Note: It might take you one or two hours to get used to the new navigation style, but in my view, this small investment will make your overall browsing experience not only faster, but also a lot more comfortable, since the browser becomes almost "invisible" once you know how to use the different gestures to access the available functionality. An absolute must!

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Install a new splash screen

It is possible with Mozilla to substitute the splash screen that is displayed during mozilla start-up. You can either create your own splash-screen, or download on of the several images available on various servers:

To actually make Mozilla use the new splash screen, just download (save) your preferred image to your computer. Then, if this is not already the case, convert that image to Windows Bitmap Format (BMP). Finally, save it as mozilla.bmp in the folder where you installed Mozilla (in Windows, this might be C:\Program Files\mozilla.org\Mozilla).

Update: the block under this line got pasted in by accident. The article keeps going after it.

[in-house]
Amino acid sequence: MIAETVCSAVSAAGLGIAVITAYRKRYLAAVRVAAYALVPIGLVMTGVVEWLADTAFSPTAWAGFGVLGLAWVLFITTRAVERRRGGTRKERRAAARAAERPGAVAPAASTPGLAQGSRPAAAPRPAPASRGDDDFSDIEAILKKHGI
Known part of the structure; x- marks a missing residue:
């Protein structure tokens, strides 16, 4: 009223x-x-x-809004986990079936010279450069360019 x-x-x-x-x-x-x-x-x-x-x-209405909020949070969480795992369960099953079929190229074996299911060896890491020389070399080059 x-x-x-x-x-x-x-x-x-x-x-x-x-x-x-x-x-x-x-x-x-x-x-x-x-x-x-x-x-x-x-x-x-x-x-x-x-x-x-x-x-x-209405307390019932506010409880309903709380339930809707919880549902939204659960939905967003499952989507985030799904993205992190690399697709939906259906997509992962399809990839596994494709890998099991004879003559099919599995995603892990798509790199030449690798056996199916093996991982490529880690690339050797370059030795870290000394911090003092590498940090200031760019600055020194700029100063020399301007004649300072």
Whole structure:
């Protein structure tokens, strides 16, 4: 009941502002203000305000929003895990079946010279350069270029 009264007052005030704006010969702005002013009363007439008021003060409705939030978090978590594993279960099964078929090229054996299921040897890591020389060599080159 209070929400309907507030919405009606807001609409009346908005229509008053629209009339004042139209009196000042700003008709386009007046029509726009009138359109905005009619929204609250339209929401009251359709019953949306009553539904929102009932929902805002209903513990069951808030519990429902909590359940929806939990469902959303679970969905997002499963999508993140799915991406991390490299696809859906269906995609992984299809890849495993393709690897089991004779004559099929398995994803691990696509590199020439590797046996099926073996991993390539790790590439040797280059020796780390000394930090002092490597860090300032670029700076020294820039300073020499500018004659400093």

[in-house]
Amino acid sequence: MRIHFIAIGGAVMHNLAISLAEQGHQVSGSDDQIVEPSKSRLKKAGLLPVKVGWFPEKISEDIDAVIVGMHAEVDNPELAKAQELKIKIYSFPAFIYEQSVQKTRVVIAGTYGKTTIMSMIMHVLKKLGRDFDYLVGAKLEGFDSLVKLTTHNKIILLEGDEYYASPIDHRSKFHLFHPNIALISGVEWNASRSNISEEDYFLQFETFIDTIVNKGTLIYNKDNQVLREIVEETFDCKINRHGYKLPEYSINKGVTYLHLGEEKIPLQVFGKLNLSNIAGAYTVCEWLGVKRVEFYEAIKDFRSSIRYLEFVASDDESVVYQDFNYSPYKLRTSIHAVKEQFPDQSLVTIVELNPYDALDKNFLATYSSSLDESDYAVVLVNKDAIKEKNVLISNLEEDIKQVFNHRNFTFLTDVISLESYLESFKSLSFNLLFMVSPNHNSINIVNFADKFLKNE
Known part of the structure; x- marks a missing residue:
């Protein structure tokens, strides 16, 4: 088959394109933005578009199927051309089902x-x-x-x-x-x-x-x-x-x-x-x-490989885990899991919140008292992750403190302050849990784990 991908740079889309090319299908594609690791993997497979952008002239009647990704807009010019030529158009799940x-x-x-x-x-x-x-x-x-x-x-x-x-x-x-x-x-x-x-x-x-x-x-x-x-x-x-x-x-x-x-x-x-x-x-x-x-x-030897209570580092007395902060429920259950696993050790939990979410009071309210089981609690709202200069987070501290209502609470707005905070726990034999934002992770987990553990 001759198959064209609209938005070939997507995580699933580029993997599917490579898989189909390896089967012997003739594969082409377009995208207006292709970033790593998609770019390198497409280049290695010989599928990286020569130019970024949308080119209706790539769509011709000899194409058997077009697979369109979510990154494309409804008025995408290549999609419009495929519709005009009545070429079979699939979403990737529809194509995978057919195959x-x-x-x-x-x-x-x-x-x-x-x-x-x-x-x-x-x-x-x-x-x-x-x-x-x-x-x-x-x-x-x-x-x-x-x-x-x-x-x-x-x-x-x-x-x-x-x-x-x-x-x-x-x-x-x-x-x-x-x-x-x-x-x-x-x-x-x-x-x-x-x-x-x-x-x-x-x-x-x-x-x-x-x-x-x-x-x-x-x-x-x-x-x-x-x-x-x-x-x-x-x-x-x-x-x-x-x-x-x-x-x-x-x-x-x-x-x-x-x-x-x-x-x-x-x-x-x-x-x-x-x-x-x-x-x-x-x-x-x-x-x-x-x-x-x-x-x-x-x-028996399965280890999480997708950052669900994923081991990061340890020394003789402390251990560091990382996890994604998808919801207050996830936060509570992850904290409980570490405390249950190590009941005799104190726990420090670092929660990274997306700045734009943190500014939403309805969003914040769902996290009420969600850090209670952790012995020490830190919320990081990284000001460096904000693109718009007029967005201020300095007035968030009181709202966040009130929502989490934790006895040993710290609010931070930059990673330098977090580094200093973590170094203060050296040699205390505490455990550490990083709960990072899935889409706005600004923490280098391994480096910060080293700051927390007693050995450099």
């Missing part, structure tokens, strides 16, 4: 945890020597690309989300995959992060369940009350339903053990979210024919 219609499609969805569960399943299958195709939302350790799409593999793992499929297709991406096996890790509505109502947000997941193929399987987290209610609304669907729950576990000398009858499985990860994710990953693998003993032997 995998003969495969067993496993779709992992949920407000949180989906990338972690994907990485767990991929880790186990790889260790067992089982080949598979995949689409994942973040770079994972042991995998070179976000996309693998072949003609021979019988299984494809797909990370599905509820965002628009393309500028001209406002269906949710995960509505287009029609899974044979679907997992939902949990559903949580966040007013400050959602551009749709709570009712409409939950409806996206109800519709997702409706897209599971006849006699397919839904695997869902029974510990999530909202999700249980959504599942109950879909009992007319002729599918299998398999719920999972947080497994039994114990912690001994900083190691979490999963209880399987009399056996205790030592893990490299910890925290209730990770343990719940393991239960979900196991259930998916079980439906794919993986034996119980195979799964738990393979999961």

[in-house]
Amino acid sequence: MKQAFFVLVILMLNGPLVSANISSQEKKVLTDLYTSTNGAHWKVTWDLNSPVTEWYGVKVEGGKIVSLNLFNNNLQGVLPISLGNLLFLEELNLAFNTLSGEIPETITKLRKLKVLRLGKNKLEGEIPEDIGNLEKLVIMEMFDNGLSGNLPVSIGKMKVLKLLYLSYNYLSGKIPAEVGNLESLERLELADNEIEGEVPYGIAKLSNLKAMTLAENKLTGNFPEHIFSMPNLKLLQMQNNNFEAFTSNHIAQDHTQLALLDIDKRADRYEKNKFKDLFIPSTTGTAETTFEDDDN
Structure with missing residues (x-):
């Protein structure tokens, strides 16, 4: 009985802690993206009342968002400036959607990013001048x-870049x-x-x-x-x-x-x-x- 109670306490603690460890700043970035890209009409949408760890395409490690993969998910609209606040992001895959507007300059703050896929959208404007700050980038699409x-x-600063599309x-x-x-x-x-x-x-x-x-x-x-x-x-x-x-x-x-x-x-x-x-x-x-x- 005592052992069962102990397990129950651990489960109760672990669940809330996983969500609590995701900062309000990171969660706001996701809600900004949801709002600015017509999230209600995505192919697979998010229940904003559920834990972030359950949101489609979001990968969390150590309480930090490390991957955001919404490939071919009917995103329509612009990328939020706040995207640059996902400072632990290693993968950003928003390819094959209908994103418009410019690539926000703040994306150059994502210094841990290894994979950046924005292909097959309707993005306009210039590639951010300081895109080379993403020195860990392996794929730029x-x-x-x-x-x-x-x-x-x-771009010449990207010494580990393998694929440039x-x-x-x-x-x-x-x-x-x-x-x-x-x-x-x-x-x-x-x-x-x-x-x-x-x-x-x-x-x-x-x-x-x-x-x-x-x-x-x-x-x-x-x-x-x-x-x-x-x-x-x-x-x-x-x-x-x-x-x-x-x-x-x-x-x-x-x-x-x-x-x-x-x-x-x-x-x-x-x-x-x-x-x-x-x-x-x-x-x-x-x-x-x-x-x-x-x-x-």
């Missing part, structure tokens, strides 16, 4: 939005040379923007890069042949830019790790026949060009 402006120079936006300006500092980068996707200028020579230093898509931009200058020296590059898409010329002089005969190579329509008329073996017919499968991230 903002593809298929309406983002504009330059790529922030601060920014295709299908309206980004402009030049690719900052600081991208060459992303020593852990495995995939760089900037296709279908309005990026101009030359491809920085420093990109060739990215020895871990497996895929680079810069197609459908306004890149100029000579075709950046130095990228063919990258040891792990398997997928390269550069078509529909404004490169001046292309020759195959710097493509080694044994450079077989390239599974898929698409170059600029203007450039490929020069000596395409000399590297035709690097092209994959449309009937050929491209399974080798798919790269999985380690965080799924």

Currently, I use the following two splash screens:
Mozilla Splash Screen 1
Mozilla Splash Screen 1
Mozilla Splash Screen 2
Mozilla Splash Screen 2

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Change the default icons for Browser, Mail client etc

Per default, Mozilla comes with only one icon for all programs: the famous blue lizard as seen from top. In order to increase accessibility, it is advisable to change the icons. This makes it easy to distinguish the mail client, the address book or the navigator window in the task bar with a quick glance.
A different sets of icons is available. The "official" page is located at grayrest Icon central. Just click on the installation link located on the page, and do not forget to restart Mozilla afterwards. Another resource for .ico files is lotekk.net which has also loads of other Mozilla-related stuff like splash screens.

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Achim J. Latz, achim@latz.cc , 16.11.2012